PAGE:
I decided to go say hello. The little girl was just like Christian and only about a week older than him. She actually reminded me so much of Christian's little friend, Cici. I talked to her mother for a while, who I'm sure, at first, was weirded out, but when I explained my plight, she was really open. Her daughter has epilepsy, or a seizure disorder, and cerebral palsy. It's such an immediate pull for me and I'm not sure if this is the same kind of feeling for other moms of children with brain injury or CP. But it's like telepathy or something.  I don't even have the right words for it but it's an immediate discovery of common ground.

But it gets better.

As we're talking about seizures, she tells me she put her daughter on the Ketogenic Diet last year and it was the best thing she ever did. No medicine worked for her and she was having hundreds of seizures a day. So they went to Phoenix and decided to start the diet. Her daughter started crying for the first time, started was a success!

Okay, so here's where I thank Manny for pushing me to go to church. Here's where I start analyzing the whole meeting. I really and truly believe that God put this meeting in my path, He put this little girl in my path as if to put up GO THIS WAY signs on our journey.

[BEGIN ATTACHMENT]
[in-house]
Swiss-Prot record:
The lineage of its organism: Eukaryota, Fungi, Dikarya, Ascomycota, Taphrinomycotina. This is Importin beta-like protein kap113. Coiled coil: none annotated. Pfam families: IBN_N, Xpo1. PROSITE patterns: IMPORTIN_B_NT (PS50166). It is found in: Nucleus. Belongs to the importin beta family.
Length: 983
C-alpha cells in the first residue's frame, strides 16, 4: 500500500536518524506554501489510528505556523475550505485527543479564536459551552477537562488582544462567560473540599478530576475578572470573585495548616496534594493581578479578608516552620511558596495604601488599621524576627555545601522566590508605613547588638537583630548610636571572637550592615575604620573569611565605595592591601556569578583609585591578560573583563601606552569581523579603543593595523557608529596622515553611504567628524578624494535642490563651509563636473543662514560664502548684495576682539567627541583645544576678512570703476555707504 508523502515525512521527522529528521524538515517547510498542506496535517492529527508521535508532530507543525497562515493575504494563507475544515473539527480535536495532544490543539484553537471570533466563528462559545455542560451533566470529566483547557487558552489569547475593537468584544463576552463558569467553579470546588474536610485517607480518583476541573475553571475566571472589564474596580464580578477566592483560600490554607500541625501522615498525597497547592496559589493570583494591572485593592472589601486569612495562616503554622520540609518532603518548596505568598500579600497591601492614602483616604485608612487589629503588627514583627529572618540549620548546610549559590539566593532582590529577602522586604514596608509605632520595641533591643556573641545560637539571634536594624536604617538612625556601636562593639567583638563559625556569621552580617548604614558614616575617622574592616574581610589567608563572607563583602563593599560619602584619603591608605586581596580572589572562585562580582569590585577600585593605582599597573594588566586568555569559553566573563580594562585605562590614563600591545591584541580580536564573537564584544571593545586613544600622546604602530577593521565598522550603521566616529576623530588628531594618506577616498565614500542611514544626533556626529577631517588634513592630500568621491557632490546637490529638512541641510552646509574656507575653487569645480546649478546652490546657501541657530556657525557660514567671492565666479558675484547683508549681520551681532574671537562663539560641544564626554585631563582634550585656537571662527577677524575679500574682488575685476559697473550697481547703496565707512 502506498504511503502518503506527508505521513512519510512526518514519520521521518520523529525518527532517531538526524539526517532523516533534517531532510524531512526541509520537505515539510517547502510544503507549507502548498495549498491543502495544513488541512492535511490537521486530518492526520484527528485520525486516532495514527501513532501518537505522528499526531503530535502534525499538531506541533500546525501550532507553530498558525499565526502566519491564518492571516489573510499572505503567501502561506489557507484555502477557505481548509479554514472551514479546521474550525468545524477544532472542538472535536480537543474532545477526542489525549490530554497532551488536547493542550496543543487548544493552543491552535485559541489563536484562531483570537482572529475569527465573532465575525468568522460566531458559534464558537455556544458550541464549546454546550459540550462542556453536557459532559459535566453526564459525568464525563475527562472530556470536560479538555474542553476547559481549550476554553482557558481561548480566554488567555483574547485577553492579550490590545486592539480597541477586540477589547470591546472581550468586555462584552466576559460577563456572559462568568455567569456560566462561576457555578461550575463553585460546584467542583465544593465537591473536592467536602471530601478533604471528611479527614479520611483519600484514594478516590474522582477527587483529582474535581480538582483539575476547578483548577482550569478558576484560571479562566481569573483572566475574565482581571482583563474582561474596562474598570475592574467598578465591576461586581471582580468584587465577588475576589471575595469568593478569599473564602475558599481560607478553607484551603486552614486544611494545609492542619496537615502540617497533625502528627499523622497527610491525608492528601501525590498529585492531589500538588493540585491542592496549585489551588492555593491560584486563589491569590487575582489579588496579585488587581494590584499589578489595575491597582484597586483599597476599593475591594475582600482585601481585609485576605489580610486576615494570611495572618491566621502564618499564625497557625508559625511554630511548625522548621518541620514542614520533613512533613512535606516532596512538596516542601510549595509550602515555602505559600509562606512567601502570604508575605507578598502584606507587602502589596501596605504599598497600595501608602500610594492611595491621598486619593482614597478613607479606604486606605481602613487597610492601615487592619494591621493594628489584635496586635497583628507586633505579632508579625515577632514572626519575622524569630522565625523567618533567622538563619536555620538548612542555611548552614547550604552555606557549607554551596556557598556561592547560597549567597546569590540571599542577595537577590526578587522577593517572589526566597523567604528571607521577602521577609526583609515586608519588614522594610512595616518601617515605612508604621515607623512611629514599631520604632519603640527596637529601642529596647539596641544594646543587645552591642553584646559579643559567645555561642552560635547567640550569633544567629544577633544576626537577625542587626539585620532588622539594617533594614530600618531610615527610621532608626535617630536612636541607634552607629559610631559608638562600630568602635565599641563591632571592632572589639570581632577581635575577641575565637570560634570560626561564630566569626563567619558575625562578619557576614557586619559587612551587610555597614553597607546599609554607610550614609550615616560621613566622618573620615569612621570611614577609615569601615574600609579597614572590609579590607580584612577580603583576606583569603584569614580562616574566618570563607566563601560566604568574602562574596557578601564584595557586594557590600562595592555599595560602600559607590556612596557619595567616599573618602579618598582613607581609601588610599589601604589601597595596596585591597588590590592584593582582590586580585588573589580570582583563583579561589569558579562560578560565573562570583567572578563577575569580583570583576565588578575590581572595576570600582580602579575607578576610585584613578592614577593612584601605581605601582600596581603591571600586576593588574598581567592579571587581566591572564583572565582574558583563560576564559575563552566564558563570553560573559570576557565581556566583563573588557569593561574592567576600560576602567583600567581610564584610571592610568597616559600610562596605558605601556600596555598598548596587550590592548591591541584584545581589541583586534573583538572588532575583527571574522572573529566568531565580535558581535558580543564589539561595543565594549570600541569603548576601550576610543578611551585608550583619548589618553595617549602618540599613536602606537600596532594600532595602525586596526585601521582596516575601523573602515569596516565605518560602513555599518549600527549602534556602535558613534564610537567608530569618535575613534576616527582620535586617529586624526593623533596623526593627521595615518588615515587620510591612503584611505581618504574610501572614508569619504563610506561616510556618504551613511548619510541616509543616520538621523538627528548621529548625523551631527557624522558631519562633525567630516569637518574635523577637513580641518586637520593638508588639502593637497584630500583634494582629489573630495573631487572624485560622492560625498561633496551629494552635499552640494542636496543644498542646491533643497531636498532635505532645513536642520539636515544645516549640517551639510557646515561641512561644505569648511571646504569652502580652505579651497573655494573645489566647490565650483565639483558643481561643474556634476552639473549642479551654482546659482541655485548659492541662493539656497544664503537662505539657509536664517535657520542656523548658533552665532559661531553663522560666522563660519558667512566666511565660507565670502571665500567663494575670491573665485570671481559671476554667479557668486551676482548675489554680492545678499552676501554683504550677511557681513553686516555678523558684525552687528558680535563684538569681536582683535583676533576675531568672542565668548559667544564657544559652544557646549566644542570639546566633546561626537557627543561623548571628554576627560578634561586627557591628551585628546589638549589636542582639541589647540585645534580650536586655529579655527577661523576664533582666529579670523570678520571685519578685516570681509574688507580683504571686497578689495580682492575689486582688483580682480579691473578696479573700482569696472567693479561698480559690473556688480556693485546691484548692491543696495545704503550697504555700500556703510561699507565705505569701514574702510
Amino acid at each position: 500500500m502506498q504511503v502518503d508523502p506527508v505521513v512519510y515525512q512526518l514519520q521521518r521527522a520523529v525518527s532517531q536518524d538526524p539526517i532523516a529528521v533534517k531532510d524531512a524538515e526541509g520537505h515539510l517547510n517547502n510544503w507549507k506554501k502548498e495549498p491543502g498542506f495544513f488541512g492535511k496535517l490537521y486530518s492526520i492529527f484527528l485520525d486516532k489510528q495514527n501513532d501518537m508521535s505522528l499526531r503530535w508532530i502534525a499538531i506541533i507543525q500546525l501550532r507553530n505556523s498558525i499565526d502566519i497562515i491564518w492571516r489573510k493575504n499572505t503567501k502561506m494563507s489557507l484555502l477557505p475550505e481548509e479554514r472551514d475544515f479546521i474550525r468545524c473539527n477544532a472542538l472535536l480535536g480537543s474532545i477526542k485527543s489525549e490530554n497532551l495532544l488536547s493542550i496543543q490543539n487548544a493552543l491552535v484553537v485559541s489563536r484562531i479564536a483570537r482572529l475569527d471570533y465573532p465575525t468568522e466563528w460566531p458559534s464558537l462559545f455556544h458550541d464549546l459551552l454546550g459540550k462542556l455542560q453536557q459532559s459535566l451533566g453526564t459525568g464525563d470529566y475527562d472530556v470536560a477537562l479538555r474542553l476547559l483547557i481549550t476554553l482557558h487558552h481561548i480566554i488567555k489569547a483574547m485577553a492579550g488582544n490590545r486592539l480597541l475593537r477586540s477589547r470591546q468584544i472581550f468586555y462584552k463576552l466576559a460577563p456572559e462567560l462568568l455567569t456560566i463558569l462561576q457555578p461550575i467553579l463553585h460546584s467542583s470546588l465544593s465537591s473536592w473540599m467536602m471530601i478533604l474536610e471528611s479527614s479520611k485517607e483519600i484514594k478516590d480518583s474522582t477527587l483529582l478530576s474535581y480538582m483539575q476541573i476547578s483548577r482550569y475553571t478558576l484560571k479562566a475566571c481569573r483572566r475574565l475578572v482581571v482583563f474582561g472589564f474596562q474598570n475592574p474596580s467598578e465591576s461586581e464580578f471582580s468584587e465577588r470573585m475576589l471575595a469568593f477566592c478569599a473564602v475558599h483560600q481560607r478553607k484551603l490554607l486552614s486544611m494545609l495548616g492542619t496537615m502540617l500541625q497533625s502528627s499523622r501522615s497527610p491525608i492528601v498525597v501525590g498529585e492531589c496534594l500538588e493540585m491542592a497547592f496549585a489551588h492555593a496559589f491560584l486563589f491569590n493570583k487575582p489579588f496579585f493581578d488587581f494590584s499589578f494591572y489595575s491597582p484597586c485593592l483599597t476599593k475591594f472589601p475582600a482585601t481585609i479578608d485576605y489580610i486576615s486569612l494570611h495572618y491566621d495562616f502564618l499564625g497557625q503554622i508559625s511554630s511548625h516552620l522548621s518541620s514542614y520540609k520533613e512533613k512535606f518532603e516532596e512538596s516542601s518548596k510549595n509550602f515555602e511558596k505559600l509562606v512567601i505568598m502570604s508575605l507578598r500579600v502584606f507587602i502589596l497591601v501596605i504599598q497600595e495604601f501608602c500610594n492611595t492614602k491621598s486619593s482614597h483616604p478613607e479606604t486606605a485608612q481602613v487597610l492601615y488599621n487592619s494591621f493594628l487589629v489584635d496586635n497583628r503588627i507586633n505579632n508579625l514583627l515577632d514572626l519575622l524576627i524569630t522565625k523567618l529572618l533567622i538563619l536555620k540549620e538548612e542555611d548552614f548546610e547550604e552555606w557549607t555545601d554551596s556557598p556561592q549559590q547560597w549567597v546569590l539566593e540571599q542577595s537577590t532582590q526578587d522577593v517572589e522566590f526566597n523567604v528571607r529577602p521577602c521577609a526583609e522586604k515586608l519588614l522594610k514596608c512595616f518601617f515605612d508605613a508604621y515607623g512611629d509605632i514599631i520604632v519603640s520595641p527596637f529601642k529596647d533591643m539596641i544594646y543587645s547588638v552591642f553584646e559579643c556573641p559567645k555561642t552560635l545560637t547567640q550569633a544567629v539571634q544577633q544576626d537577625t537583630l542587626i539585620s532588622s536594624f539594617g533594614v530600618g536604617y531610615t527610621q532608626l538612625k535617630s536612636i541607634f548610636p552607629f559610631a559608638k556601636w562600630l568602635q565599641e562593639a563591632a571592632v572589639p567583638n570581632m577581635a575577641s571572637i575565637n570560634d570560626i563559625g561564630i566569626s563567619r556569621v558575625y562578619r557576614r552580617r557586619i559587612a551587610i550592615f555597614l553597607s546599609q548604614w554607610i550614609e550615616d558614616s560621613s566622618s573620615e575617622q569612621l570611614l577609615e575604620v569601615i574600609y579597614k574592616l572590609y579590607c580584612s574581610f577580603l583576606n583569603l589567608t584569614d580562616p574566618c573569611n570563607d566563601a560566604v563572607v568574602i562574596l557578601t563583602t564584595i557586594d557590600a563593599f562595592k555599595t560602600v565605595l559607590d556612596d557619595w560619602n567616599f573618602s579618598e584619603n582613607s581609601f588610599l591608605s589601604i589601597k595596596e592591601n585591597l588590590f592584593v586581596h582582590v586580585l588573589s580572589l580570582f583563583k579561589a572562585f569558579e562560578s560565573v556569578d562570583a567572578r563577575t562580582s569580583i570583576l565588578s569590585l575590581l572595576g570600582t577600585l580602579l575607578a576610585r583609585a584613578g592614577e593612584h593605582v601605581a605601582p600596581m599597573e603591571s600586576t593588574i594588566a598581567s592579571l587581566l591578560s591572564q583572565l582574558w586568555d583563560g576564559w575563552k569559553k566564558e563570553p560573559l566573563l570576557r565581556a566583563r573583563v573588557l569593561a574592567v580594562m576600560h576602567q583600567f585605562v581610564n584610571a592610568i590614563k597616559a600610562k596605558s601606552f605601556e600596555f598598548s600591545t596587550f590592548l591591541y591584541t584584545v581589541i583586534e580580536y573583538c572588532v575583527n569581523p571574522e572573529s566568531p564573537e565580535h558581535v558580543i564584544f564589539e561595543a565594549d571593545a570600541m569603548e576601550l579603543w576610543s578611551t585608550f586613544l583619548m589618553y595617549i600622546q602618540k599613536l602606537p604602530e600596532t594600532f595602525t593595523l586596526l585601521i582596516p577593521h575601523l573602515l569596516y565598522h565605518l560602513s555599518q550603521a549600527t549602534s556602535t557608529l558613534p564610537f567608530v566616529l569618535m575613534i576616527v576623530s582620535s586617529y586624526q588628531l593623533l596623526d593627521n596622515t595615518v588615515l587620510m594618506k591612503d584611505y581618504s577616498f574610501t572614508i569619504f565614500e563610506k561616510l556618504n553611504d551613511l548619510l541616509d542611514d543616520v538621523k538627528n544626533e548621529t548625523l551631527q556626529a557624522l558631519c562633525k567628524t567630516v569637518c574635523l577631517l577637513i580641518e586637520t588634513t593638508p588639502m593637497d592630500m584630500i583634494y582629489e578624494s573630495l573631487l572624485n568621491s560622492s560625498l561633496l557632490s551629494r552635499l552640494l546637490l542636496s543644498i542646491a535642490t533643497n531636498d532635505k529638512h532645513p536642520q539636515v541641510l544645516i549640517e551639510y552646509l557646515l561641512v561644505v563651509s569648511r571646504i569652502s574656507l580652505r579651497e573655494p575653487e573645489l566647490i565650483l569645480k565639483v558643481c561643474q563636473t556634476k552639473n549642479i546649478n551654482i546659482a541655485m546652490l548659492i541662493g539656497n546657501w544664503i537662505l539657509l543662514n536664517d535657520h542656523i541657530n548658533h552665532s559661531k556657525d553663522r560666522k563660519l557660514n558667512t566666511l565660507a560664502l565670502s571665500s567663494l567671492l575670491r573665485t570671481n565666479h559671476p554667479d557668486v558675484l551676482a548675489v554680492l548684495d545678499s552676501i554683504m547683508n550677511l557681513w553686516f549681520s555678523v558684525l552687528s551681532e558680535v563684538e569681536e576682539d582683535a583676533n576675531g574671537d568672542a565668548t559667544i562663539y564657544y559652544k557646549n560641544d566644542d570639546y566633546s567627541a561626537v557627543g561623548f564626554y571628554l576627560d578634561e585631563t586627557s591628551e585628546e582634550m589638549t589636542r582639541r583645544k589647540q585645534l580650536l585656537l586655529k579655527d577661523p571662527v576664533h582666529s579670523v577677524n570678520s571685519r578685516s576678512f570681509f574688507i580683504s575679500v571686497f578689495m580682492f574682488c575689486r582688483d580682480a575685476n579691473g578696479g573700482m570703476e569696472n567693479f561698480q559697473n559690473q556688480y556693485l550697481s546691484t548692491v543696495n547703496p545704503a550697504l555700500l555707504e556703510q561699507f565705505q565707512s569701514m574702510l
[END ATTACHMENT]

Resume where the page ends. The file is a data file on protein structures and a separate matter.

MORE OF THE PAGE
If I had decided not to go to church and, instead, stayed home and sulked in my messy house I never would have met this family. God had something waiting for me at church and in thinking about the events of the day as a whole, I was supposed to go today. After about a month of not going to church, and this family divulging that they only attend sporadically, we were all supposed to be there. Wow.

So what happened next? I came home to a house that had magically cleaned itself (Thank you, Manny and Gabe!!!), which is, I think, better than flowers. As far as the future, playdates are involved and I plan to follow all signs that say:

Thursday, October 14, 2010


We bloom where we are planted.

It was my facebook status a few months ago and I'm not sure where it came from or what the origin is, but I love it.